CEO SUMMARY: There’s a new contestant in the ongoing battle to win the Pap smear technology wars. Ampersand Medical Corporation, by signing a strategic alliance with AmeriPath, Inc., has signaled that it’s ready to bring its technology to market. AmeriPath will play a major role in expediting clinical studies and both companies hope to formally start the FDA approval process within the next three or four months.
PATHOLOGY GIANT AmeriPath, Inc. announced a strategic alliance with Chicago-based Ampersand Medical Corporation on March 27.
This strategic alliance calls for both companies to cooperate in the joint development of several new cytology technologies and products owned by Ampersand. Under terms of the agreement, AmeriPath will “receive an undisclosed amount of equity in Ampersand as compensation for this development work.”
AmeriPath will also support Ampersand’s research and development by providing laboratory testing support and doing the clinical trials necessary to gather information to support the FDA approval process. Ampersand Medical will pay AmeriPath on “favorable terms” for these services.
New Cytology Products
At least four of Ampersand’s new cytology products will be part of this strategic alliance. They are: 1) InPath In-Cell™ HPV test; 2) InPath CerviPak™ , a liquid-based slide preparation system for point-of-care slide creation; 3) InPath CocktailCVX™ & Slide Based Test, a fully automated biomolecular screening system; and 4) InPath e2™ , a new type of cervical cell collection device described as “patient friendly.”
This strategic alliance is notable for two main reasons. First, it is evidence that a national pathology company considers Ampersand’s new biomolecular-based technologies and products to be credible and worthy of further investment. Second, it demonstrates how the national pathology companies are using their size and market influence to gain early access to promising new diagnostic technologies.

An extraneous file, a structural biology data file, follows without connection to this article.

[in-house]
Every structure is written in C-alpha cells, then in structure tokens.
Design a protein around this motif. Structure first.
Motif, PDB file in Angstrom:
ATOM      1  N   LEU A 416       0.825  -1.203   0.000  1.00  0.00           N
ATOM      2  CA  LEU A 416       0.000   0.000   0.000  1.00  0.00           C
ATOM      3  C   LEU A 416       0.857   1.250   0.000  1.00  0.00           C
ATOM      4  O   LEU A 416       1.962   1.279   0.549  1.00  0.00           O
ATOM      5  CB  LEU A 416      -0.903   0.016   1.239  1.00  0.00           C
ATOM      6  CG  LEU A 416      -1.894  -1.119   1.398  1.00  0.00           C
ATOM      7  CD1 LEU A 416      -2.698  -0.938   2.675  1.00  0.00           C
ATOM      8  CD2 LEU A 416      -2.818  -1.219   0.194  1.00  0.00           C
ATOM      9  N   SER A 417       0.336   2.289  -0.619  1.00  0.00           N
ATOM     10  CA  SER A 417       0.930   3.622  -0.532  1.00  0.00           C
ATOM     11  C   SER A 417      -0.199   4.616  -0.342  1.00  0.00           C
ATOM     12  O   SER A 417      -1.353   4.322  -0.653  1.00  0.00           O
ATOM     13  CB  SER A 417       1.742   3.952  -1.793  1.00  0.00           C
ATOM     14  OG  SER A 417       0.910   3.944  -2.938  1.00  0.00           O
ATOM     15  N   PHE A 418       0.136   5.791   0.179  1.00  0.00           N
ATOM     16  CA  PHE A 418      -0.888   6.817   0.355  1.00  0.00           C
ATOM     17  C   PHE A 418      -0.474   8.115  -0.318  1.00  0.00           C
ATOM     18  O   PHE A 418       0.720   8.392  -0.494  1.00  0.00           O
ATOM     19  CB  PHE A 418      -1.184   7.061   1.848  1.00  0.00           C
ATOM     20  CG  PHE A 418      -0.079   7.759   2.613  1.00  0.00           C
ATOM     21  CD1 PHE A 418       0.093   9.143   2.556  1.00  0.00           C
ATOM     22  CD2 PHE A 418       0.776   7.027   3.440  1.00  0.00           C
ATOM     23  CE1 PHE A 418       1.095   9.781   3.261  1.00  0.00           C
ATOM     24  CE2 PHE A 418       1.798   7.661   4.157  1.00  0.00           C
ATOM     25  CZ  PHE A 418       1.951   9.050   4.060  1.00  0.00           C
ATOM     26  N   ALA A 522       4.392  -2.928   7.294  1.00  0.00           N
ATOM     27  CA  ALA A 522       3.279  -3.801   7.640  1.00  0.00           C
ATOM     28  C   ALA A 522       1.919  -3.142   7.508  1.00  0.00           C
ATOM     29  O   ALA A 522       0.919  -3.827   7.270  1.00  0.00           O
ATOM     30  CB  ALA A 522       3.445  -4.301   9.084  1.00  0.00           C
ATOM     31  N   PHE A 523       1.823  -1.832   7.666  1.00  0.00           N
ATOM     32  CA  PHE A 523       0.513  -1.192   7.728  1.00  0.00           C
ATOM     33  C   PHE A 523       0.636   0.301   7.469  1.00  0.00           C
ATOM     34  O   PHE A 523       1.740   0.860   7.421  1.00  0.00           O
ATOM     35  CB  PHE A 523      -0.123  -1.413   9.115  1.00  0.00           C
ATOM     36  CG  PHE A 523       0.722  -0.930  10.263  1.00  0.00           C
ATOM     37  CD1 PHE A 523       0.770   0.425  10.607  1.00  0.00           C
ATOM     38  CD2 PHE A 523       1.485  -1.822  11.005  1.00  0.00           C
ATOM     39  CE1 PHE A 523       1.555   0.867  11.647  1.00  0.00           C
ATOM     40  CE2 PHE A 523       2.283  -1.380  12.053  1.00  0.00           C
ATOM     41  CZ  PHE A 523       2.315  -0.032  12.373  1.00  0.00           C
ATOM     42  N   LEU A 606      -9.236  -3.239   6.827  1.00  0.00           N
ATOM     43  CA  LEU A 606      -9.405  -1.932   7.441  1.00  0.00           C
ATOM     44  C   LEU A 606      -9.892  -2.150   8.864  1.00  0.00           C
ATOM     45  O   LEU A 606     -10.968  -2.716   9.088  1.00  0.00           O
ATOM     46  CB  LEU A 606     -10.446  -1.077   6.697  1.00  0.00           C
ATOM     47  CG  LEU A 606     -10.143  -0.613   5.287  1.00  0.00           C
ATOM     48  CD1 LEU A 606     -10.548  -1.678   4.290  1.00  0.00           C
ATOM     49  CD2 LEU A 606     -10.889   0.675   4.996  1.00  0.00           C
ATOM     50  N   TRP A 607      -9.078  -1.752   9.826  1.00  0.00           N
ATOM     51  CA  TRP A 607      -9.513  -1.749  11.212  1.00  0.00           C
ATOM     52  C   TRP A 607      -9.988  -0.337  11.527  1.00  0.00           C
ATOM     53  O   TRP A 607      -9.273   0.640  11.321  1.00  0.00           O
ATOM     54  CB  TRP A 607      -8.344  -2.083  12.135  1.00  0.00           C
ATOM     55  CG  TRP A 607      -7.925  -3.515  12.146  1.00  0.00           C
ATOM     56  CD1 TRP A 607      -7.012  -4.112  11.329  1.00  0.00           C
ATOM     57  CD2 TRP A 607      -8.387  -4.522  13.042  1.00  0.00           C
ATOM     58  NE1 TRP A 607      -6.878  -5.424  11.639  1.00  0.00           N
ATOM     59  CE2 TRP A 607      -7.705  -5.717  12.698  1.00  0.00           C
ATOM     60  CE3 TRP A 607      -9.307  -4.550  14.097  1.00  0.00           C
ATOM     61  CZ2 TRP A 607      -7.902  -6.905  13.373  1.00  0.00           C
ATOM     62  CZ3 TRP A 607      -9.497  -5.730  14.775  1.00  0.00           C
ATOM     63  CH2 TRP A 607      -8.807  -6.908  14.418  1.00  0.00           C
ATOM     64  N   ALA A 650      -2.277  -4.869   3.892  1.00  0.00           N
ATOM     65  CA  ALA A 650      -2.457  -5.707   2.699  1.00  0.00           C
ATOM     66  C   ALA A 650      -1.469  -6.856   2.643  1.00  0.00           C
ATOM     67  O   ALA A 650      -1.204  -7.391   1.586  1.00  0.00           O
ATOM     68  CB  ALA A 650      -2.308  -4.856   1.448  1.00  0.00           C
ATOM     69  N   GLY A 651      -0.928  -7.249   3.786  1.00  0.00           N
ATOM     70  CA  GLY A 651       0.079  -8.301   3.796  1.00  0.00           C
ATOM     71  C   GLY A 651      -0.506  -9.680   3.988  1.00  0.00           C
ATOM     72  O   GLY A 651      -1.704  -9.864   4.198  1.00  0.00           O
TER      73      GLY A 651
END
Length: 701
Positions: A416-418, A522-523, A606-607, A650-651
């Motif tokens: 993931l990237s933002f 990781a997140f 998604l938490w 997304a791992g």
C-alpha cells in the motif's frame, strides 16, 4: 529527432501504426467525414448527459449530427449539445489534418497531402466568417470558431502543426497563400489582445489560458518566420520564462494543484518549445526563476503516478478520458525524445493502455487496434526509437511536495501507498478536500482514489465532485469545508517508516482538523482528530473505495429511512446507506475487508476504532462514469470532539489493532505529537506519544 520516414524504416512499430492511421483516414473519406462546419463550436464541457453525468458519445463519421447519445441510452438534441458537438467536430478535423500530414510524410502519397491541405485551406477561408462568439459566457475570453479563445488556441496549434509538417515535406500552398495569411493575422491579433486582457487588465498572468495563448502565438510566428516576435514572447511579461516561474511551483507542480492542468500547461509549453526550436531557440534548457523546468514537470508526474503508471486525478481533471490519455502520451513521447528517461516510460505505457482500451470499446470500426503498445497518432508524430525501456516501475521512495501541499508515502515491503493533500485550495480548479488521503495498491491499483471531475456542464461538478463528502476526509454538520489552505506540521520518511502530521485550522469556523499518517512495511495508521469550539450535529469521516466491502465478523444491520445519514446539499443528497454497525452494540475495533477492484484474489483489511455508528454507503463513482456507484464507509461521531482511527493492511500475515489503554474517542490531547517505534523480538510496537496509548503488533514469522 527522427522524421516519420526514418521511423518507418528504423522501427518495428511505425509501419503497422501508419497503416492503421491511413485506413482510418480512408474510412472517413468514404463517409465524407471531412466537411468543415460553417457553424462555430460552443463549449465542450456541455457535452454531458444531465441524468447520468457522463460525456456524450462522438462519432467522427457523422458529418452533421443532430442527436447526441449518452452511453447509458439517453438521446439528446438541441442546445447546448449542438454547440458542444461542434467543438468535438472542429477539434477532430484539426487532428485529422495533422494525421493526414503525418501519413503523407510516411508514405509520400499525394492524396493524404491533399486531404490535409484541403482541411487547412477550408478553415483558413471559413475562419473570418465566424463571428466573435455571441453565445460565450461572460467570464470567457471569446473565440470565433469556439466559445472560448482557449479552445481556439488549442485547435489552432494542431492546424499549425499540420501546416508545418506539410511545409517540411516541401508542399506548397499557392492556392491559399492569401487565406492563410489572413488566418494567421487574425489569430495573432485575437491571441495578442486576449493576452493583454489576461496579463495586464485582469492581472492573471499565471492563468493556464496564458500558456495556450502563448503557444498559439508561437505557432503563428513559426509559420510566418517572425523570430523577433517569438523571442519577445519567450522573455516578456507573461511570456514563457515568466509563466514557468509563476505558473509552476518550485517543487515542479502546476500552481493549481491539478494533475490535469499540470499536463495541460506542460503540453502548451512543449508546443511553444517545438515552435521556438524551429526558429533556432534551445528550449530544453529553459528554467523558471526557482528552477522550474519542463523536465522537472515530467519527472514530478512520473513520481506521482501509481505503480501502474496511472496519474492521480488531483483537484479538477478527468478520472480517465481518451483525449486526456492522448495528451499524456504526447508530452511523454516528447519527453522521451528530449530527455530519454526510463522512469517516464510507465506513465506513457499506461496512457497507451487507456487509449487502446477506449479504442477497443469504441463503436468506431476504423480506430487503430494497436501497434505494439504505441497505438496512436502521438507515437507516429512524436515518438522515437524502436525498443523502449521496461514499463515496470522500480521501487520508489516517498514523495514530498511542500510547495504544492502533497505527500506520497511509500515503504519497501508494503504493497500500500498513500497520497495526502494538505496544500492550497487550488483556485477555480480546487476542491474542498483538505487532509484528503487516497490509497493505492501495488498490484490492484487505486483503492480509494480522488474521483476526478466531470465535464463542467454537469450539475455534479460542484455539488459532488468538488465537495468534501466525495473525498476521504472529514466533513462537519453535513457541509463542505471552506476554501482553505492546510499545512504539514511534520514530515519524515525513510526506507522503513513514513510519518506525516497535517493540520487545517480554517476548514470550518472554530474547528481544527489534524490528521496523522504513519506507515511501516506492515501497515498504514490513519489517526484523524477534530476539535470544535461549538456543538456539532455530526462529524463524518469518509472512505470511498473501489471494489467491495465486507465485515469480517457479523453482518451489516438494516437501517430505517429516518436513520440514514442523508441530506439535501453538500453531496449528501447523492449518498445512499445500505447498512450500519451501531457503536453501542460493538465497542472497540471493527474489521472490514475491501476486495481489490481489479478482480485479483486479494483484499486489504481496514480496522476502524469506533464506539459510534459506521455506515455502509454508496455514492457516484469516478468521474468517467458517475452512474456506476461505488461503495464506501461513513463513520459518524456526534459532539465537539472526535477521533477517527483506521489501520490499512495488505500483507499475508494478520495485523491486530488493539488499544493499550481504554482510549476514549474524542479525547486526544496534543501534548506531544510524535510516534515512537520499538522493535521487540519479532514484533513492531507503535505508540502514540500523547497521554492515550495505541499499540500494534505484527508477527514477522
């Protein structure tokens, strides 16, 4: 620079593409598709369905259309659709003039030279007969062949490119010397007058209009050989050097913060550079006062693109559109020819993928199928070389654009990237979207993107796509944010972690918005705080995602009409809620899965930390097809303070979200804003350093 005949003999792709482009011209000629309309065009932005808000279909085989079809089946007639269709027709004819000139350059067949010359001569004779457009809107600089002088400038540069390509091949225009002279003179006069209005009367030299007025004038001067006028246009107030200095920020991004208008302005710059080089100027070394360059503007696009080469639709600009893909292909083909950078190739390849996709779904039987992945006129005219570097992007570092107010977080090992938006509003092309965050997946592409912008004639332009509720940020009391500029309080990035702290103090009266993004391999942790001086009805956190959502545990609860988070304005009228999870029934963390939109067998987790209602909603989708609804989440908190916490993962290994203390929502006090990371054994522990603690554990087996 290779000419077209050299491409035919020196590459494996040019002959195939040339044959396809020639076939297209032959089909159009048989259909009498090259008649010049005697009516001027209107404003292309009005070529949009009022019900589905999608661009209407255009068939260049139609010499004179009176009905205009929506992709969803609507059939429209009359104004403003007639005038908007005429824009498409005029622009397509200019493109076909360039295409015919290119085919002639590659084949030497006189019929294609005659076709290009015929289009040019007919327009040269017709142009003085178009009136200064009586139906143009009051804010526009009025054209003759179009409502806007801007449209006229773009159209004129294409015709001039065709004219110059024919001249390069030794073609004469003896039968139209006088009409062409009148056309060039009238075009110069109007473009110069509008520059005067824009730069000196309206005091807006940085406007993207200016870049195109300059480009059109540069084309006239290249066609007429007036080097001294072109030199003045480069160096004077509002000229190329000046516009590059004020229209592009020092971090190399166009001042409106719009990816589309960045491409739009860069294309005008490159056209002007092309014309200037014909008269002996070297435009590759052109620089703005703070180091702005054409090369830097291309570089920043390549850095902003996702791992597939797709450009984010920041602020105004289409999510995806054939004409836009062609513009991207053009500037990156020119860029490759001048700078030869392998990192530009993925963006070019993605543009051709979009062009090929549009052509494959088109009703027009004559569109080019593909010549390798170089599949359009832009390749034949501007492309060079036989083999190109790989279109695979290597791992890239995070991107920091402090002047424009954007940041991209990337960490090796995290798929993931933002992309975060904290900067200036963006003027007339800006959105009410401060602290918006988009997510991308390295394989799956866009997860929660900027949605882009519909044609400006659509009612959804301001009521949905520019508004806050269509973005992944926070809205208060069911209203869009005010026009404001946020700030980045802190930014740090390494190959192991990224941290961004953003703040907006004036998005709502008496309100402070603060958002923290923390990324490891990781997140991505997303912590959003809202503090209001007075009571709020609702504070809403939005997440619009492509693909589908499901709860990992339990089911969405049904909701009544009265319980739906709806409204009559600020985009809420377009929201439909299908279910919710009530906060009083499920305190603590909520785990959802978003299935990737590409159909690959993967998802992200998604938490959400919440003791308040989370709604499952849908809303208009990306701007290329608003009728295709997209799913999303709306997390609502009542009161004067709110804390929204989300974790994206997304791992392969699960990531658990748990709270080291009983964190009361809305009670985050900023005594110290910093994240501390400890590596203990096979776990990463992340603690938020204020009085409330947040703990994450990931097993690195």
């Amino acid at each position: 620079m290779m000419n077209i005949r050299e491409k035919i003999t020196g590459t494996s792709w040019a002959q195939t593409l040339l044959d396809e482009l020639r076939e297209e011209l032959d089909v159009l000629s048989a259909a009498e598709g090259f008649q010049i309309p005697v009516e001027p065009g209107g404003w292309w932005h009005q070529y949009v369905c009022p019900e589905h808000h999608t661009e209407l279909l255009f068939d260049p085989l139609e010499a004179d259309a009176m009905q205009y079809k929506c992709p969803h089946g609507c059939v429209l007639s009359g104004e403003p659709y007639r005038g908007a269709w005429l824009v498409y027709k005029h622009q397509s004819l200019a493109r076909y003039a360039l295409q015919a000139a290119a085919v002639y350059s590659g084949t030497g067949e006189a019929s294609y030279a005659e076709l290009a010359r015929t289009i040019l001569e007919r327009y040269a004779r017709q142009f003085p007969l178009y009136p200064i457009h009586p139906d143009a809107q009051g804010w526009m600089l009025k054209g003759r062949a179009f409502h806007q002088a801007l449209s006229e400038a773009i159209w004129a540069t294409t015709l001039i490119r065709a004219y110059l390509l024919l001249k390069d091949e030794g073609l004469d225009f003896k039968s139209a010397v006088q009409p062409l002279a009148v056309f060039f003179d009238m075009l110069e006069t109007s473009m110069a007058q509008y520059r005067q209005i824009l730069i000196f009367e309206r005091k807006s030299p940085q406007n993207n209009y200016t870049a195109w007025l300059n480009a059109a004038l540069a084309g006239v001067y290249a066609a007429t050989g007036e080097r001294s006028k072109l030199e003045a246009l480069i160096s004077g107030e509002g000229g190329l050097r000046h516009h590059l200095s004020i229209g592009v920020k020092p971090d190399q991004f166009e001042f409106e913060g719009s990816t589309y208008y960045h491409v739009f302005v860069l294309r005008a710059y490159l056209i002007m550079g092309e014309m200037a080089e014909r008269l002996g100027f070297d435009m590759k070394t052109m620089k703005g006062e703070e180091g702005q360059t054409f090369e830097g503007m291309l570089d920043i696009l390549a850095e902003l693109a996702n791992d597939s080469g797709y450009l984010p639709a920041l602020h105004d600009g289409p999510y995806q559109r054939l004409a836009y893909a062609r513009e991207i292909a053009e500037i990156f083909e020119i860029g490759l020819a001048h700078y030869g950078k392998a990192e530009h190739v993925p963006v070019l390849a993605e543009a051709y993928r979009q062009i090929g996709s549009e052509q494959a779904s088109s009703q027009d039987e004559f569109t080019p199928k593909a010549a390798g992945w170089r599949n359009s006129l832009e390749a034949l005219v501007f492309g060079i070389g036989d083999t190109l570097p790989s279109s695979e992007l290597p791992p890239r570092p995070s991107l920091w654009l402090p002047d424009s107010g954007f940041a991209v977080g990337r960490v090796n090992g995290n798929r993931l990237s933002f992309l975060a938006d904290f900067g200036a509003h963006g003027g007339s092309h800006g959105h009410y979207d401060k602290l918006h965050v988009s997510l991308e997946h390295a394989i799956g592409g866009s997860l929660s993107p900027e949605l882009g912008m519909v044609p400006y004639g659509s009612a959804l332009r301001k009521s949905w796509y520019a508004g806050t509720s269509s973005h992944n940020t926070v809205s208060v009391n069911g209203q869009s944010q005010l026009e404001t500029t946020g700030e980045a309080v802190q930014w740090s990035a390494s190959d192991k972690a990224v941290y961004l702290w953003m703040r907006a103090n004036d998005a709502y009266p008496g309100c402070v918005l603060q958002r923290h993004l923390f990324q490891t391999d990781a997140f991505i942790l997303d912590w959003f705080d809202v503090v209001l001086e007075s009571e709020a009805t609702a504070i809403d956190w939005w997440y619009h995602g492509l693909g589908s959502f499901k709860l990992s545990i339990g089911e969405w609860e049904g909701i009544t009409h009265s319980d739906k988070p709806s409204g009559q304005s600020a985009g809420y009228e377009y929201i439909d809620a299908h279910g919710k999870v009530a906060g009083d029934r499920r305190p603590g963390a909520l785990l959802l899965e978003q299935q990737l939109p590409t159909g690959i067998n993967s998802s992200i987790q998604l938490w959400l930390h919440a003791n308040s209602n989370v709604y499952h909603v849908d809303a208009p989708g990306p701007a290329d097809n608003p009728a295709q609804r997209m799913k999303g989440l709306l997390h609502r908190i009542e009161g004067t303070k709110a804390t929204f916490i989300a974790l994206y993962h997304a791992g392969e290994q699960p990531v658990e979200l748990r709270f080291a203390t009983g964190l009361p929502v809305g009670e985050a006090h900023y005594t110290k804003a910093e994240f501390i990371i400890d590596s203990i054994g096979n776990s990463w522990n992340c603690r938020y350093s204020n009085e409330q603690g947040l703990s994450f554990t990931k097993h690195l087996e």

AmeriPath confirms this fact. “We built our Center for Advanced Diagnostics (CAD) in Orlando specifically to be the vehicle for development work and clinical trials,” stated Dennis Smith, Jr., M.D., Senior Vice President and Medical Director at AmeriPath. “All along, the idea was to leverage the resources of CAD and the community-based pathologists of AmeriPath to give us a prime shot at doing support research and clinical studies for new technologies and products that we think have great potential.
Leaves Cells Undisturbed
“The InPath cervical cancer screening technology is a good example,” he continued. “Ampersand has an assay of multiple molecular markers for cervical dysplasia, as well as the E6 and E7 oncogenes of the Human Papillomavirus (HPV). Once the test is completed, it leaves the cells undisturbed. This permits conventional staining and microscopic review by the pathologist, if a review of this specimen using conventional methods is required.”
“That’s right,” agreed Ampersand Chairman and CEO, Peter P. Gombrich. “We think the fact that the cells are not destroyed in the testing process is a key benefit in bringing the technology to market, because it allows pathologists to always follow-up with a conventional analysis if required. But there’s another advantage to our InPath Cocktail-CVX test. It takes just 20 minutes to get a complete result. In addition, the In-Cell HPV test takes approximately 90 minutes for a result, compared to the hours required to complete HPV tests using DNA-based technologies.”
AmeriPath and Ampersand are poised to immediately begin clinical studies of the InPath system. “We expect to have the first important clinical study completed within 90 to 120 days,” said Dr. Smith. “After assessing this information, we will begin submitting the necessary information to the FDA to launch the approval process.”
Despite the difficulty of accurately predicting how long the FDA will take to approve specific technologies for clinical use, Gombrich believes his company’s products offer a unique level of reassurance for FDA regulators. “Remember, after doing tests with our technology, the original cells remain undamaged and can be Pap stained and reviewed by a pathologist in the conventional manner. This is the ultimate quality control for a new product. This fact may encourage regulators to act expeditiously, since there is a way to accumulate clinical data in the early stages of implementation while having a way to constantly check the accuracy of this new assay,” noted Gombrich.